Just as American hip hop’s east coast/west coast factions learned to embrace the different accents of rappers from the Deep South and beyond, so London is becoming slightly less dominant in the UK rap scene. A large space has already been cleared for Bugzy Malone from Manchester, and now Mist is on a mission to make people take the Brummie accent seriously. You may already have heard him guesting on Fisherman, from J Hus’s hit album Common Sense.
Having walked the well-worn path from child actress to pop singing star, Lovato’s recent sixth album was her third to break into the UK top 10. The Fifth Harmony escapee obviously jumped from the girl group at the right time. Her song Havana has been one of the biggest singles of recent months, and now she’s coming over for her first London show. The soul veteran from The Staple Singers has been working with Jeff Tweedy of Wilco lately.
In a sad week it felt good to be at a concert where the theme seemed to be the triumph of youth. DJ Annie Mac’s AMP Sounds series of London shows, staged in Camden this month, here brought together two acts who really ought to have been in bed earlier on a school night. Billie Eilish, just turned 16, was over from LA. She performed before Superorganism, a heavily populated Hackney collective led by Orono, a baby-faced Japanese girl small enough to put in your pocket.
Muck Rack makes it simple to find people, tweets, or articles that mention any name, keyword, company, hashtag etc. We've compiled this guide to help you make the most of your search.
Selecting a term
Start searching tweets, articles from media outlets, articles mentioned in tweets, journalists'
names, titles and bios with some suggested searches:
Companies or Topics (e.g. iPhone, Microsoft)
Phrases (e.g. "cloud computing") — use quotes to keep the terms together
Twitter handles (e.g. @username) — returns those who have mentioned or replied to
Names (e.g. "David Pogue")
Hashtags (e.g. #sxsw, #london2012)
Bio details (e.g. vegan, Olympics, father)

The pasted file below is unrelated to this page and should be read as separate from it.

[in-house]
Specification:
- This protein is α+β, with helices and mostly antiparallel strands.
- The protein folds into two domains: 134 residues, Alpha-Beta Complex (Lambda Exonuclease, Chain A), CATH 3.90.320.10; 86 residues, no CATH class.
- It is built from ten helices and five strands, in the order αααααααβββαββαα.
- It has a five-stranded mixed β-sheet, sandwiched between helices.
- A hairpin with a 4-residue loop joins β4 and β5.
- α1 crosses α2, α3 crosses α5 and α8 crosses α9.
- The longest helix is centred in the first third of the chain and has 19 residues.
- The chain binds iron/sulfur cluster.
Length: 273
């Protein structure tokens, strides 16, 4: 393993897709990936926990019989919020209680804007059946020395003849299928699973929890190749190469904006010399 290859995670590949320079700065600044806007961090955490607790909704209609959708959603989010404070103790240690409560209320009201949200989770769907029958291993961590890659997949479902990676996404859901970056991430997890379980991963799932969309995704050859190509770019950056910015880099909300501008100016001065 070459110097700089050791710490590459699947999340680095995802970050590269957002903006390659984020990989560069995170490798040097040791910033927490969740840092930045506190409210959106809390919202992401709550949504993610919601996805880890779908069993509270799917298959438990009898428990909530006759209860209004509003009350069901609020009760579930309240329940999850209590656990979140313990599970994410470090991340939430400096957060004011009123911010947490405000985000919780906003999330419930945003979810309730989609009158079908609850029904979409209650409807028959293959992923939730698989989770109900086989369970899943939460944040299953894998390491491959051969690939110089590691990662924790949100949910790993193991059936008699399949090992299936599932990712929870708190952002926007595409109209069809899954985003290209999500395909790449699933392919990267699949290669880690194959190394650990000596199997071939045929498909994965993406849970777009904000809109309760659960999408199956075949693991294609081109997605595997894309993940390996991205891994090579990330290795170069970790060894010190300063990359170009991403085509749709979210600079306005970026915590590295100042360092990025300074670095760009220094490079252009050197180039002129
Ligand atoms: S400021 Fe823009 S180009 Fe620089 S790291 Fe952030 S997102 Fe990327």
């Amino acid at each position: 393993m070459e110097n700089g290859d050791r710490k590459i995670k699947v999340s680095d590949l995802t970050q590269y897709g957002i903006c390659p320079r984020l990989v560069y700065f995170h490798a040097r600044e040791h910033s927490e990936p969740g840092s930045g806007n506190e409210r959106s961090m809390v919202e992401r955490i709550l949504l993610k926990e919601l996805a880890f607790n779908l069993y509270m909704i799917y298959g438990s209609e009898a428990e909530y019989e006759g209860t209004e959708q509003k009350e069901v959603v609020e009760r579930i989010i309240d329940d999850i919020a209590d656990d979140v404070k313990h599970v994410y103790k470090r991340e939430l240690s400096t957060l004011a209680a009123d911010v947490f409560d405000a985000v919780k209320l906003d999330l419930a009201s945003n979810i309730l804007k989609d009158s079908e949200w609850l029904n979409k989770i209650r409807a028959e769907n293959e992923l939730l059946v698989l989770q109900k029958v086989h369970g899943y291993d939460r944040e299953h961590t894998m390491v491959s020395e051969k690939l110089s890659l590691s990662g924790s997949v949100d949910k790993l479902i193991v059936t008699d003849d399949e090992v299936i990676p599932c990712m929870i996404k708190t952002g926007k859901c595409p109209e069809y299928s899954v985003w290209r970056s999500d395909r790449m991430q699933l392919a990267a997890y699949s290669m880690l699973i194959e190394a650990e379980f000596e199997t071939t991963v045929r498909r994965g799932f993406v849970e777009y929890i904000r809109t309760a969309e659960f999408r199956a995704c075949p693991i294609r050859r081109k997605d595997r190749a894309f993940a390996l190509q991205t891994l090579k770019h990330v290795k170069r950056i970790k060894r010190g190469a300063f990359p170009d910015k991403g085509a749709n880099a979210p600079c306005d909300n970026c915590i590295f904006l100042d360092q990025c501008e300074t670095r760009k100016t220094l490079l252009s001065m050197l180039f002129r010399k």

Muck Rack's Advanced Search allows for many boolean operators.
Find results that mention multiple specified terms, use AND or
+. For example, ensure each result contains both Elon Musk and Mark Zuckerberg by
searching Musk AND Zuckerberg or Musk + Zuckerberg.
Use the operators OR or , to broaden your search when you'd like either of
multiple terms to appear in results. (This is the default behavior of our search when no operators
are used). For example, results will contain either cake or cookie by searching cake OR cookie or cake,cookie
Use NOT or - to subtract results from your search. For
example, searching Disney will yield results about the Walt Disney Company as well as Walt Disney
World Resort. To exclude mentions of Disney World, search for Disney -World or Disney
When using one of these operators with a phrase, enclose it in quotation marks. For example, you can
find results about smartphones excluding Apple's iPhone 4S by searching smartphone -"iPhone
Exact case matching or punctuation
If you're searching for a brand name or keyword that relies on specific punctuation marks or capitalization, you can
find results that match your exact query by adding matchcase: before the keyword you're searching for, like matchcase:E*TRADE .
Use parentheses to separate multiple
boolean phrases. For example, to find journalists talking about having fun in Disney World or
Disneyland, search for ("disney world" OR disneyland) AND fun.
An asterisk can be used to search for any variation of a root word truncated by the asterisk. For example, searching for admin* will return results for administrator, administration, administer, administered, etc.
A near operator is an AND operator where you can control the distance between the words. You can vary the distance the near operation uses by adding a forward slash and number (between 0-99) such as strawberries NEAR/10 "whipped cream", which means the strawberries must exist within 10 words of "whipped cream".